Large standoff magnetometry (LSM), a novel screening technology, has shown strong industry relevance in several pipeline integrity investigations. LSM is used to detect changes in the magnetic field of a pipeline due to changes in the magnetic susceptibility of steel. These changes are known as inverse magnetostriction (a.k.a. the Villari effect) and occur when a ferromagnetic material (steel) is subjected to mechanical stress, such as the presence of stress on the wall of a pipeline. Geometric anomalies (ovalities, dents, wrinkles), hoop stress, ground and slope movement, bend strain, thermal expansion, cracks, and material defects are examples of potential sources of stress that LSM can detect from aboveground.
This paper summarizes the use of LSM as a complimentary tool in several pipeline integrity assessments conducted on oil and gas pipelines, in this case, to pinpoint a lost inline inspection pig and to identify dents, cracks, buckles, slope movement, casing ends, unknown valve locations and other pipeline integrity and direct assessment applications. Ongoing development programs and lessons learnt from practical, real-life projects and validations of the technology are presented to demonstrate the effectiveness of LSM for pipeline integrity investigations.
Marine environments can be very aggressive and present significant challenges in maintaining key infrastructure from the effects of corrosion. In Florida, thousands of bridges are in coastal areas and are continually, or periodically exposed to saltwater conditions. A clear majority of these bridges were constructed using steel reinforced concrete and are supported by precast pilings situated in saltwater, so for this reason, cathodic protection is a necessary strategy for controlling the effects of saltwater induced corrosion.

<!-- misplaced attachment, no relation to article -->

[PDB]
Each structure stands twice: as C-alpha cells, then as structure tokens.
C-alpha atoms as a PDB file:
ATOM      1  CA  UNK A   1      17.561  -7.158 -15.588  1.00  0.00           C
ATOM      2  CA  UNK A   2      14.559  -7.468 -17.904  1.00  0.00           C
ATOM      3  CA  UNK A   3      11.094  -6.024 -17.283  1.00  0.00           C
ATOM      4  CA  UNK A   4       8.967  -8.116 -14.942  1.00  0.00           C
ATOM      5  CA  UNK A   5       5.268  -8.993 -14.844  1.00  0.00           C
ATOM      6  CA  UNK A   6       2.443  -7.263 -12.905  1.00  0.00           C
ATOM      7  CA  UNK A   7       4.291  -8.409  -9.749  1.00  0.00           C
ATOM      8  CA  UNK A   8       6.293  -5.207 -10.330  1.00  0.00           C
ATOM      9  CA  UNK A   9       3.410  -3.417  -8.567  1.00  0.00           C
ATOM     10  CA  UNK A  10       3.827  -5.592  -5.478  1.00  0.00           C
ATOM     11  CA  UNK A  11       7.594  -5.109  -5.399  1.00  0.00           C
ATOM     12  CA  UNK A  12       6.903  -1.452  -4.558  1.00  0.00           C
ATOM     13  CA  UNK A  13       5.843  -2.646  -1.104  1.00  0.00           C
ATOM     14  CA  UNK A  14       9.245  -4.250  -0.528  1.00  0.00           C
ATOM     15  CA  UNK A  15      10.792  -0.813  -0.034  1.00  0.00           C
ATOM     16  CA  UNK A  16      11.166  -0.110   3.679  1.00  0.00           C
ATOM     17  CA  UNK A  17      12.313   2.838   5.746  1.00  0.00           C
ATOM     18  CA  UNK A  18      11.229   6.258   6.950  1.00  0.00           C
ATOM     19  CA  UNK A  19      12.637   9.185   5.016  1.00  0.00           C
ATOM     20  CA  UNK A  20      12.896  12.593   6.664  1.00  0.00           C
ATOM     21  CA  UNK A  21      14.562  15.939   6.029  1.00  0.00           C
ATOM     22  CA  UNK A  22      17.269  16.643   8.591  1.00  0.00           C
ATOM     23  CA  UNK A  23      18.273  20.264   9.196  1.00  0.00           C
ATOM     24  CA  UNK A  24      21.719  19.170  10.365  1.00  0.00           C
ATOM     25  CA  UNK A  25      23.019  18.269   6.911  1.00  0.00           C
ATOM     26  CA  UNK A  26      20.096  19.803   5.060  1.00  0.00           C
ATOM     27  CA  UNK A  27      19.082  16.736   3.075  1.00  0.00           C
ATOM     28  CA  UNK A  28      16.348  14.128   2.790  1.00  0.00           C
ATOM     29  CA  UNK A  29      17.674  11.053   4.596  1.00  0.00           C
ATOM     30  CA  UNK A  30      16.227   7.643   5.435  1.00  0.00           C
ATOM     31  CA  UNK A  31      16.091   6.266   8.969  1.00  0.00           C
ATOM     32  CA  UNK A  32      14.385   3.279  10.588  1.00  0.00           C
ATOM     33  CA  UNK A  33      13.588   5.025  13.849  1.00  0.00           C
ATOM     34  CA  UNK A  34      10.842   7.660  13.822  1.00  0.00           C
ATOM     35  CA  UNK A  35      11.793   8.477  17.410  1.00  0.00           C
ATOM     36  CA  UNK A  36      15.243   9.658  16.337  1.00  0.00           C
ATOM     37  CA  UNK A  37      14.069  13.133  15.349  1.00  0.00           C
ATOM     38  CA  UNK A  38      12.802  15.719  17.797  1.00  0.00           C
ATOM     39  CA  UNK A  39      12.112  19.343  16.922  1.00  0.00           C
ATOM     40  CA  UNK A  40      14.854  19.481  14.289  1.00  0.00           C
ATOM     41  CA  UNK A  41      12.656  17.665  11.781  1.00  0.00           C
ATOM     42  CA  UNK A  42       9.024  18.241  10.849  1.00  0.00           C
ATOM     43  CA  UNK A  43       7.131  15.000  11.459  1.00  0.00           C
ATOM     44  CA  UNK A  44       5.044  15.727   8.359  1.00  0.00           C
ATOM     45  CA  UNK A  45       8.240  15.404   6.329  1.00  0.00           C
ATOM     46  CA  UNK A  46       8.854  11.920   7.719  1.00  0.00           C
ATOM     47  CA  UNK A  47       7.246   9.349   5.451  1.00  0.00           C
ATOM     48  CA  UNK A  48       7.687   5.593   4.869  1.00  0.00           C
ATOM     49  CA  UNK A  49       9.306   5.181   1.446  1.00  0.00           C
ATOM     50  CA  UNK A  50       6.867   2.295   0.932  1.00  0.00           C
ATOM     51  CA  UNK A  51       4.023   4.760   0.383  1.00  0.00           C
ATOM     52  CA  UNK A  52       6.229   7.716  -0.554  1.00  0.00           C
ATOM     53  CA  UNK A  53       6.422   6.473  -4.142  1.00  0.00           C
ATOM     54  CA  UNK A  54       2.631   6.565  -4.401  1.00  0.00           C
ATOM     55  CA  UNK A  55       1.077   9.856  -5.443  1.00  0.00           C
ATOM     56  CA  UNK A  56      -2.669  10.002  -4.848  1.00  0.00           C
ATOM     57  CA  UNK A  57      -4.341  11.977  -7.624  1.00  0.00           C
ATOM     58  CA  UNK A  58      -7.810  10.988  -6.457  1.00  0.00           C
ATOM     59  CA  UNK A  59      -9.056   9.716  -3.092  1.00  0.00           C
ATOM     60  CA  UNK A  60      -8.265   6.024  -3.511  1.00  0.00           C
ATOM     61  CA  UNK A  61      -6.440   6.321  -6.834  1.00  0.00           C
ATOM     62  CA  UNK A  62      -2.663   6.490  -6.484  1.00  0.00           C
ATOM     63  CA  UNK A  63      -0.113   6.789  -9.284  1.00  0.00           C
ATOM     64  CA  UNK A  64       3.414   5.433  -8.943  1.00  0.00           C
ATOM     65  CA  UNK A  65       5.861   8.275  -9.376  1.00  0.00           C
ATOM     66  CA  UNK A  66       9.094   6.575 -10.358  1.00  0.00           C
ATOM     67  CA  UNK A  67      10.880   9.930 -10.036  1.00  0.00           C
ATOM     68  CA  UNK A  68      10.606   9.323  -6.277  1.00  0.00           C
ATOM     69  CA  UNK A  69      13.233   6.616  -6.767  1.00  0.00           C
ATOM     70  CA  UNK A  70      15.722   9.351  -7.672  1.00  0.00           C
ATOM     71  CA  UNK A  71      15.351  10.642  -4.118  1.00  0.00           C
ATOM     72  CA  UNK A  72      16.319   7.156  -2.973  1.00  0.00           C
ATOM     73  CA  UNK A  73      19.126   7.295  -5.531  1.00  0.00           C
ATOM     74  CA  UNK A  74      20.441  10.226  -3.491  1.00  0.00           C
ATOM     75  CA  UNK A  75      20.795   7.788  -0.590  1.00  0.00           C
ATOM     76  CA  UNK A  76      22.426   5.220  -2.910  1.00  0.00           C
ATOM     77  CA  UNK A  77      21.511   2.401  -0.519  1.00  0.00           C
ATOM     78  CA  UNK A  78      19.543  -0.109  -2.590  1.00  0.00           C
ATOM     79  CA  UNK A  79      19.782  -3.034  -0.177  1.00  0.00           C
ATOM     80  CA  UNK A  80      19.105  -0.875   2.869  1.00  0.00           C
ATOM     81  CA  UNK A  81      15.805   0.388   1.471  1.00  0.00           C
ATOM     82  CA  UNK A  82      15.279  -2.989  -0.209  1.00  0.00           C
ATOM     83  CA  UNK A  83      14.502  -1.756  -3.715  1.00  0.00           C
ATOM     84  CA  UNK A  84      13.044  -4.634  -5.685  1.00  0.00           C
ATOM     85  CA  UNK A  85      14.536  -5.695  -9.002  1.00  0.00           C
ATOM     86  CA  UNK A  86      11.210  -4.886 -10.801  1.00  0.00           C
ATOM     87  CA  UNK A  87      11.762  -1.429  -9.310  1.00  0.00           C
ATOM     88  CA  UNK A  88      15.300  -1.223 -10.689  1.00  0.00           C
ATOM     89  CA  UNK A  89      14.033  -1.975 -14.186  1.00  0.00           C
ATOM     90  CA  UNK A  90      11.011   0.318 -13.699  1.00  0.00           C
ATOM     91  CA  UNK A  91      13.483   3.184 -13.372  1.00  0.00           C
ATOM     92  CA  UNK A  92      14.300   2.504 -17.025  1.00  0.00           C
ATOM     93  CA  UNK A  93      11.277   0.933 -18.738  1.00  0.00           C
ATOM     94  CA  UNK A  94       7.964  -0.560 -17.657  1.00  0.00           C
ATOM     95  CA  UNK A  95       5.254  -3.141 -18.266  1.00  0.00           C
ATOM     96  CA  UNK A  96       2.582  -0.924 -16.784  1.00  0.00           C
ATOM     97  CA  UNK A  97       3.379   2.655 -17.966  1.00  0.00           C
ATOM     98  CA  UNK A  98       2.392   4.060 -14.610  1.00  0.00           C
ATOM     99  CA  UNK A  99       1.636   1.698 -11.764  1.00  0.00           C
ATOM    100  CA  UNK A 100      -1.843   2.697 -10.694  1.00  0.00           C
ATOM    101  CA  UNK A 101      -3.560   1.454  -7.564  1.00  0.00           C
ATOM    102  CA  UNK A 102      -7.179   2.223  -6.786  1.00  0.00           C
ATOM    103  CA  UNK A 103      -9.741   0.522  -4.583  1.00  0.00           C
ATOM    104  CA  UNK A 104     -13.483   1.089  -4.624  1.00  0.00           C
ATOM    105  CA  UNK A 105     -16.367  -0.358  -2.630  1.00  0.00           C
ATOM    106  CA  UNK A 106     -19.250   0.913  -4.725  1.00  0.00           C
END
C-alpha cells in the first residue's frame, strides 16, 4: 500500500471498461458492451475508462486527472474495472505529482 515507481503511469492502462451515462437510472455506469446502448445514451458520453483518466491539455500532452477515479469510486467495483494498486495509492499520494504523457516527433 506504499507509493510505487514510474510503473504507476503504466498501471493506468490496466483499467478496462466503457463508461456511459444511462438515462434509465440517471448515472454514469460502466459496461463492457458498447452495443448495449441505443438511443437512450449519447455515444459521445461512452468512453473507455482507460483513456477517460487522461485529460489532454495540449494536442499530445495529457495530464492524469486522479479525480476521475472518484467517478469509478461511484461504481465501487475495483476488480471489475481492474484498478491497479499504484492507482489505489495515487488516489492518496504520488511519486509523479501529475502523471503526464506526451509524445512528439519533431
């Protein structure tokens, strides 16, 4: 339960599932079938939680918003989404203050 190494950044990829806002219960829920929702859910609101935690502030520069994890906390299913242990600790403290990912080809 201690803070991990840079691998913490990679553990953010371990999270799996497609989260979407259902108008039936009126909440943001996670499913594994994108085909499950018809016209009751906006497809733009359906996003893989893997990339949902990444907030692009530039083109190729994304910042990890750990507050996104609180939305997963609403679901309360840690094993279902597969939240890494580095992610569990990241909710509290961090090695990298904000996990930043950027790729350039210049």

Toward the early 1980s, the Florida Department of Transportation (FDOT) began the evaluation of different approaches to control saltwater induced corrosion. Some of these included the use of integral pile jackets, specialty materials for concrete repairs, surface applied coatings and other innovative approaches utilizing galvanic anode technology. One such system was jointly developed with industry partners and sponsored by the Federal Highway Administration (FHWA) using integral pile jackets lined with expanded zinc mesh anodes to apply cathodic protection. This innovative approach provides for the problem of concrete repair while at the same time stopping the on-going process of corrosion both combined in one application. Both laboratory and field trials validated the benefits to this approach and confirmed that the system can mitigate corrosion and extend the useful service life of pilings by more than 20 years.
Direct current (DC) sources are a critical component of many cathodic protection (CP) systems. In order to assess the performance of these CP systems, momentary interruption of the DC current output is often utilized to help obtain true polarized potentials of protected structures1. This is achieved with a relay that is either integral to the DC current source or installed externally. Traditionally, these relays use a mechanical or mercury contactor, but solid-state relays are becoming more popular for their increased performance and reduced environmental footprint. Recent experience has indicated that interruption of current with an inductive load can damage solid state relays by momentarily exceeding their voltage rating. This has been observed by some CP technicians when they return to site to check on a previously installed interrupter, only to find it overheated and not interrupting. This study will examine the various sources of inductance in impressed current CP systems and discuss methods for mitigating the inductive effects during interruption. To demonstrate the effectiveness of these methods, an electrical circuit was created to mimic a cathodic protection circuit, and the effectiveness during interruption was measured using an oscilloscope.